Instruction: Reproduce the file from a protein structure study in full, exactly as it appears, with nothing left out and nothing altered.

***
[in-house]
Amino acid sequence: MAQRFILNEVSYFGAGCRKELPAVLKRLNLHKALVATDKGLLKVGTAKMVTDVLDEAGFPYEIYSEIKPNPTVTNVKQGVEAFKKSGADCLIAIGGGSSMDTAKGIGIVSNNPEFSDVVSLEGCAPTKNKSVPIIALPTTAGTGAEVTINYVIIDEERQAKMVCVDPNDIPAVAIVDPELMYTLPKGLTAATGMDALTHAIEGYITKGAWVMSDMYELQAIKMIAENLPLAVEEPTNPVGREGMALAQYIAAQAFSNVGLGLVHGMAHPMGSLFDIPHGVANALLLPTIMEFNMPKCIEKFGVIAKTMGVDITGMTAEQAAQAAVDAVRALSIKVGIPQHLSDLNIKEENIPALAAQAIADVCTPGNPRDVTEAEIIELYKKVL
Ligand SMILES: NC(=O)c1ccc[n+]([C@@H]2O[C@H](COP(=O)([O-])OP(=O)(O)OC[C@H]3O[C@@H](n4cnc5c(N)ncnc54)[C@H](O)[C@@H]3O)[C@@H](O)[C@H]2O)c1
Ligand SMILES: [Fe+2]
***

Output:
[in-house]
Amino acid sequence: MAQRFILNEVSYFGAGCRKELPAVLKRLNLHKALVATDKGLLKVGTAKMVTDVLDEAGFPYEIYSEIKPNPTVTNVKQGVEAFKKSGADCLIAIGGGSSMDTAKGIGIVSNNPEFSDVVSLEGCAPTKNKSVPIIALPTTAGTGAEVTINYVIIDEERQAKMVCVDPNDIPAVAIVDPELMYTLPKGLTAATGMDALTHAIEGYITKGAWVMSDMYELQAIKMIAENLPLAVEEPTNPVGREGMALAQYIAAQAFSNVGLGLVHGMAHPMGSLFDIPHGVANALLLPTIMEFNMPKCIEKFGVIAKTMGVDITGMTAEQAAQAAVDAVRALSIKVGIPQHLSDLNIKEENIPALAAQAIADVCTPGNPRDVTEAEIIELYKKVL
Ligand SMILES: NC(=O)c1ccc[n+]([C@@H]2O[C@H](COP(=O)([O-])OP(=O)(O)OC[C@H]3O[C@@H](n4cnc5c(N)ncnc54)[C@H](O)[C@@H]3O)[C@@H](O)[C@H]2O)c1
Ligand SMILES: [Fe+2]